On the other hand the exit focal distance f 2 has to

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spectrum. On the other hand, the exit focal distance F 2 has to be selected for the more important part of the spectrum. There are numerous experimental results of the test measurements of lenses (see e.g., [79]). As an example, we present here the characteristics of two dif- ferent monolithic lenses. The main geometrical parameters of both lenses are collected in Table 3.1, while the meaning of these parameters is displayed explicitly in Fig. 3.7. Two values are specified for the lens diameters: the external diameter and the diameter of the internal polycapillary core. The terms “minilens” and “microlens” are stipulated to denote the difference in Table 3.1. Main geometrical parameters of two lenses “minilens” “microlens” L mm 101.5 36.8 F 1 mm 47.5 39.8 F 2 mm 15.3 16.8 D in (structure/shell) mm 4.6/5.3 1.7/3.2 D max (structure/shell) mm 6.7/7.5 2.3/4.2 D out (structure/shell) mm 2.5/2.7 1.5/2.8 Φ rad 6.7/7.5 0.043 R = F 1 + L + F 2 mm 164.3 93.4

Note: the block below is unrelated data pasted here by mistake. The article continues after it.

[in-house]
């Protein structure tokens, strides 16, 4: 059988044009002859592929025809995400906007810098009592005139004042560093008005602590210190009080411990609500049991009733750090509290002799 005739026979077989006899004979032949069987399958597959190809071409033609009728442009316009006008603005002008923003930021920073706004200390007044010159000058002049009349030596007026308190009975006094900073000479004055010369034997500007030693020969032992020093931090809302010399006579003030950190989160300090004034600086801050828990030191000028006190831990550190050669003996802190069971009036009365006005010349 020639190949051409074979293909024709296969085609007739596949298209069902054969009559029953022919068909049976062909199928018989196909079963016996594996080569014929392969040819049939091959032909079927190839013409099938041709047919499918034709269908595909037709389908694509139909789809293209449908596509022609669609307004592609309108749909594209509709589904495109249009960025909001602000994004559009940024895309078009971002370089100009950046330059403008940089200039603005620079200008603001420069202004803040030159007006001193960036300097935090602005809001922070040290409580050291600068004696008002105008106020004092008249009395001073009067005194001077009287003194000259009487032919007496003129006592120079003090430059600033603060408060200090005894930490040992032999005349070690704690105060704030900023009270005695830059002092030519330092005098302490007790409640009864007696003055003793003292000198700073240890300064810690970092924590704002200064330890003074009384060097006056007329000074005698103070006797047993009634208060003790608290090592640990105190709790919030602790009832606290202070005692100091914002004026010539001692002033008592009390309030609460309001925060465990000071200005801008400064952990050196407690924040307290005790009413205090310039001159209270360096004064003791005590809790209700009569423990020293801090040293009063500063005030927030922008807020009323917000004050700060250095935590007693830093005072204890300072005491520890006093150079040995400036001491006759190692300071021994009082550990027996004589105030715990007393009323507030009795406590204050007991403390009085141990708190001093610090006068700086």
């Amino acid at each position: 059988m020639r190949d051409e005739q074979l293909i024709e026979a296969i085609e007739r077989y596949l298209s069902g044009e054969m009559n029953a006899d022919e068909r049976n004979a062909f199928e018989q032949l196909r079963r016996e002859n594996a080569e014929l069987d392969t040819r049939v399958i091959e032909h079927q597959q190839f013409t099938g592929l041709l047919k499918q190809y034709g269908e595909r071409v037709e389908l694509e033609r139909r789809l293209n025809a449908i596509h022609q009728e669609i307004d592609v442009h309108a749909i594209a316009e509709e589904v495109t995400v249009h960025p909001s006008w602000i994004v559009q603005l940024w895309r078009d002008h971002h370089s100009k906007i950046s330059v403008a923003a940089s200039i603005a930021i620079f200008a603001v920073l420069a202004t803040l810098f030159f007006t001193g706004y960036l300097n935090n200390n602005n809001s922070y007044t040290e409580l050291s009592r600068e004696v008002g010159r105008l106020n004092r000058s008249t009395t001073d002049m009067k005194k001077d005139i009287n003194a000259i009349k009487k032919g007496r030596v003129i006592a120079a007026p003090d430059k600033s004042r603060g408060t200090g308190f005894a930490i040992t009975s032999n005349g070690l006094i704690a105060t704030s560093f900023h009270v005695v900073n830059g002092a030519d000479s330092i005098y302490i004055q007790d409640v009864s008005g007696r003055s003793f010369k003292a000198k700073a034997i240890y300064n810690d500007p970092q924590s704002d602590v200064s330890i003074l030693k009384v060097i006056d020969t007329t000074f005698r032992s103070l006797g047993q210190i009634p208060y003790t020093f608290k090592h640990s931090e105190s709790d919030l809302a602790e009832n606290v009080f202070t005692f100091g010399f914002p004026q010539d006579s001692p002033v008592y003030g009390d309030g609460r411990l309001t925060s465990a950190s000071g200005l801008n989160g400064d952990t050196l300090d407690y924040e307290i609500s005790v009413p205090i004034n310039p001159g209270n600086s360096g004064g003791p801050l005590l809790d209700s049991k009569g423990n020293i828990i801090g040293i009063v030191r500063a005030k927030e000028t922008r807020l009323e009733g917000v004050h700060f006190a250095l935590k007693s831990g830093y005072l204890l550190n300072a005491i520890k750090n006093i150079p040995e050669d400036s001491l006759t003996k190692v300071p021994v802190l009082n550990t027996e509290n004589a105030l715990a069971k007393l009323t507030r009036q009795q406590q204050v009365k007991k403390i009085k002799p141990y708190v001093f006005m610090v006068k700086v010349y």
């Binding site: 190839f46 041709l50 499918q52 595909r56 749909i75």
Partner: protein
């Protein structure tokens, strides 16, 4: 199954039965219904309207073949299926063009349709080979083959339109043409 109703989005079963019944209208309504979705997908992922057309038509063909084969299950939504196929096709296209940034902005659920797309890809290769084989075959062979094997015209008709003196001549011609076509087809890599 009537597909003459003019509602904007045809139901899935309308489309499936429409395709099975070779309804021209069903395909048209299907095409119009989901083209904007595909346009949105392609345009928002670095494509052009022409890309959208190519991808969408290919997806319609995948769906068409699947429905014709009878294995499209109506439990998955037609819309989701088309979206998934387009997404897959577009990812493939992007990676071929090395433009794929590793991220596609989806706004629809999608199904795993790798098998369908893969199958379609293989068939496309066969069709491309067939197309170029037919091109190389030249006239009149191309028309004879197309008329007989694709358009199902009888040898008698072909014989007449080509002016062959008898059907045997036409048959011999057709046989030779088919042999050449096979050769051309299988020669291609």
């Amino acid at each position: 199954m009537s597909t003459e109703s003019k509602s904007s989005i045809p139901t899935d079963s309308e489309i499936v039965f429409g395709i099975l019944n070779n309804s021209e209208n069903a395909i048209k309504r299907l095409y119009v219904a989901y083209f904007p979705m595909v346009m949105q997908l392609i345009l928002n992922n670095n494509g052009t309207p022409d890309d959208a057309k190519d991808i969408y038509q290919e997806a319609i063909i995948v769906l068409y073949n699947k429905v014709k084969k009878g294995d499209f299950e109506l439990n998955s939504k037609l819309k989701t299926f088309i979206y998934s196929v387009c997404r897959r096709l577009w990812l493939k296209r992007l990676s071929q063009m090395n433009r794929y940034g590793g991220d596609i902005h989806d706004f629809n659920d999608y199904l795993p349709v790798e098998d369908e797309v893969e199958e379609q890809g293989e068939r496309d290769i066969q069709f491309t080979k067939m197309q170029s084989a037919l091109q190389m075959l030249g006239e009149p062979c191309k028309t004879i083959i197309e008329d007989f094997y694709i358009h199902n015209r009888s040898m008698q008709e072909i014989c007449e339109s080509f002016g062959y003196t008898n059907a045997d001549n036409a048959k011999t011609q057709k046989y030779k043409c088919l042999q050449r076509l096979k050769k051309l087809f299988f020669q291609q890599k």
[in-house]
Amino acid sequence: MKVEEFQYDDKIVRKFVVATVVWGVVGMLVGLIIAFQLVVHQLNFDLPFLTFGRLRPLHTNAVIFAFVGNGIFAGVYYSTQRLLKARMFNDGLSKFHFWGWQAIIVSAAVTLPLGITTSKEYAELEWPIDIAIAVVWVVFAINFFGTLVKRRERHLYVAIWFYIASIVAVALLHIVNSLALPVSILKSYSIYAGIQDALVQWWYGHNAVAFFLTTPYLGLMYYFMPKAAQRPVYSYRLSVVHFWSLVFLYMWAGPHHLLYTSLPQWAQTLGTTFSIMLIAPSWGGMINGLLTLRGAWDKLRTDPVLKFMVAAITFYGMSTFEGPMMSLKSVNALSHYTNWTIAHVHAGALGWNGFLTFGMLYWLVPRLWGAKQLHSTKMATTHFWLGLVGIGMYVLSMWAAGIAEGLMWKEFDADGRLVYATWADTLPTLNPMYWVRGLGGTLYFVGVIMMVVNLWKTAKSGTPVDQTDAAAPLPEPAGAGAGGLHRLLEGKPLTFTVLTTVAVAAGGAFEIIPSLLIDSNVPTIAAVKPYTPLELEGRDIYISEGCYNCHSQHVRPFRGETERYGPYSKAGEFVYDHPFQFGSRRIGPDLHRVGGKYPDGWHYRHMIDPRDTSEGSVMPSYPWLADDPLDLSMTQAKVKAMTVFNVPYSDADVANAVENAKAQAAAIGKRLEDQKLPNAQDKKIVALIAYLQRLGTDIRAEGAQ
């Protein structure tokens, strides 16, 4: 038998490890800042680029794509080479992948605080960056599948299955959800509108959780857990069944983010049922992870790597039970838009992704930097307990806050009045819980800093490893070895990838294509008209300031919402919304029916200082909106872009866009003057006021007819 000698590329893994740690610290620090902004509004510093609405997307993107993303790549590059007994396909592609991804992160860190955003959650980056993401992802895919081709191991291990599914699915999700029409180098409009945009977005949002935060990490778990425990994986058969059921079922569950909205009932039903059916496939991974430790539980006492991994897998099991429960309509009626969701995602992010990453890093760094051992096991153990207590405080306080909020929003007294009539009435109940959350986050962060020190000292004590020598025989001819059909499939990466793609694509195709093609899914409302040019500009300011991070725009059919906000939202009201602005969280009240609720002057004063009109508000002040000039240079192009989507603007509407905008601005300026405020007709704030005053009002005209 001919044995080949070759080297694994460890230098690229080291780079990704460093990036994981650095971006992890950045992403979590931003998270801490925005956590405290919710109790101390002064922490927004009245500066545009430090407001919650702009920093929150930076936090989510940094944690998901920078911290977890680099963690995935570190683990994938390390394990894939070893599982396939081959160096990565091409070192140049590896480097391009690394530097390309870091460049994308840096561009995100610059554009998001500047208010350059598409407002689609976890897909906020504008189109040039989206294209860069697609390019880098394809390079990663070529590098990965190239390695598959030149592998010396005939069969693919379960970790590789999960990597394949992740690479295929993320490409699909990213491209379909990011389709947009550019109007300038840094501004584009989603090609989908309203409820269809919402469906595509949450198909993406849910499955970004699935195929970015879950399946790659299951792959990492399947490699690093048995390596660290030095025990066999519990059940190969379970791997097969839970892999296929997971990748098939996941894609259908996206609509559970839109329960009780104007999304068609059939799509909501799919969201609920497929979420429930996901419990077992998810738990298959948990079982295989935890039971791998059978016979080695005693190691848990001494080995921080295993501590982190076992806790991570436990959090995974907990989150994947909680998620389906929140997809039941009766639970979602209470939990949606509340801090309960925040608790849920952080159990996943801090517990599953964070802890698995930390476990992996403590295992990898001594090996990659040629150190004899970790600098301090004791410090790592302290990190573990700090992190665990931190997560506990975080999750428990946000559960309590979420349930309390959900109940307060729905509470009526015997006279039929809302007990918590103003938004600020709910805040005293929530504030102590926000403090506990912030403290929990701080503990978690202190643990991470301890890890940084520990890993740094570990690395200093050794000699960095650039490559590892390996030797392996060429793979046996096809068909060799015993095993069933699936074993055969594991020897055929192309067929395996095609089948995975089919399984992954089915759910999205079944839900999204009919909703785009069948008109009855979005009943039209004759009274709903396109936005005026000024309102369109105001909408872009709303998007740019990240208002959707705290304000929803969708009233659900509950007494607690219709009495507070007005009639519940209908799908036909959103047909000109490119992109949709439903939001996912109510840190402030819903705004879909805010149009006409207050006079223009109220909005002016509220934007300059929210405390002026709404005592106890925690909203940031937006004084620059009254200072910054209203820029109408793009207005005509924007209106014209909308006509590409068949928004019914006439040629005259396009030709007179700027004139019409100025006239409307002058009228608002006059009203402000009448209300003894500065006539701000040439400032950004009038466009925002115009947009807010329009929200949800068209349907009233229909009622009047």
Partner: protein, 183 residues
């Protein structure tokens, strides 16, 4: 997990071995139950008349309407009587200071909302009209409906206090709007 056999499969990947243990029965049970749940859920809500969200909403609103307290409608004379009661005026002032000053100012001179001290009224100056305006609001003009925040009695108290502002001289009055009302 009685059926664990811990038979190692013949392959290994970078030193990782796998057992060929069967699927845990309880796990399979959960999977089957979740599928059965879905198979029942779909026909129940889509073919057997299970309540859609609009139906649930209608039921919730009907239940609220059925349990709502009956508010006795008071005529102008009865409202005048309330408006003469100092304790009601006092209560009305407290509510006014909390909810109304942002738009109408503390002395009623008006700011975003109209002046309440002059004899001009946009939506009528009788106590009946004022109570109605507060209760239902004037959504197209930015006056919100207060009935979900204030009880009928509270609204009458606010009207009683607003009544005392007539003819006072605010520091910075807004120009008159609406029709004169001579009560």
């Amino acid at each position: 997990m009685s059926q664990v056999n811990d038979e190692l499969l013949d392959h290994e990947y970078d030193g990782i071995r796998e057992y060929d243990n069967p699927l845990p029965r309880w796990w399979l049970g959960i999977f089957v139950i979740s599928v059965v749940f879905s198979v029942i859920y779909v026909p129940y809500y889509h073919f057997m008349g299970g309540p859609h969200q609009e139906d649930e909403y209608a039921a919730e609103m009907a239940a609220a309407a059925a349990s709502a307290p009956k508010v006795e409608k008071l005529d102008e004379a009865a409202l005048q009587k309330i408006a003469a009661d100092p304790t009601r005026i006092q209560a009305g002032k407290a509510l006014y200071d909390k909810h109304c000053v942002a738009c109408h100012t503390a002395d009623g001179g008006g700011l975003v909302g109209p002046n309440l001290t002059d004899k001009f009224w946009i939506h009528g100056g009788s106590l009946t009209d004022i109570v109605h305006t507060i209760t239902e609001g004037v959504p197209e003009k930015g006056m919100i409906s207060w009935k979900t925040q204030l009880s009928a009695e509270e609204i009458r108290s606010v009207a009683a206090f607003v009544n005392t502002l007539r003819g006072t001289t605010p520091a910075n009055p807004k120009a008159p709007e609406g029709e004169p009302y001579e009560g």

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104 V. Arkadiev and A. Bjeoumikhov Source Focus Lens D in D max D out F 1 F 2 L F Fig. 3.7. Main geometrical parameters of an X-ray lens the length and focal distances which leads in its turn to a different spot size on a sample. “Microlenses” are more compact and have smaller focal distances (less than 10 mm) which allows to obtain spot sizes below 20 µ m. Typical spot sizes for “minilenses” lie in the range of 20–100 µ m. Both lenses under consideration are asymmetric, the entrance focal distance being three times larger than the exit one. Therefore, a focal spot size on a sample is expected to be smaller than the source size. Table 3.2 contains the measured physical parameters of the “minilens”: the focal spot size and the gain factor. A microfocus X-ray tube with a molybdenum anode (spot size 50 µ m) was used as source and a SDD X-Flash detector (manufacturer Bruker AXS Mi- croanalysis GmbH, Germany) was used for detection of X-rays. The intensity distribution in the focal spot and the spot size were measured by scanning with a 5- µ m pinhole at different energies. The intensity gain factor was calculated as the ratio between the intensities on a sample with and without the lens. The values of the intensity gain are very large and correspond to the effective distance D eff of less than 1.8 mm for the energy range 15–20 keV. Such intensities are hardly achievable without optics, because it is practically impossible to realize the anode–sample distance of 1.8 mm. Figure 3.8 shows the exit spectrum of the “minilens” measured with a scat- tering target made of PMMA (plexiglas). The spectrum of the direct beam through a 50- µ m pinhole at the same distance from the X-ray source is pre- sented for comparison. Both spectra give a good idea of the intensity gain achieved. Besides, they demonstrate clearly how the lens modifies the pri- mary spectrum. In this case a Si(Li) detector with an active area of 10 mm 2 was used for the measurement.
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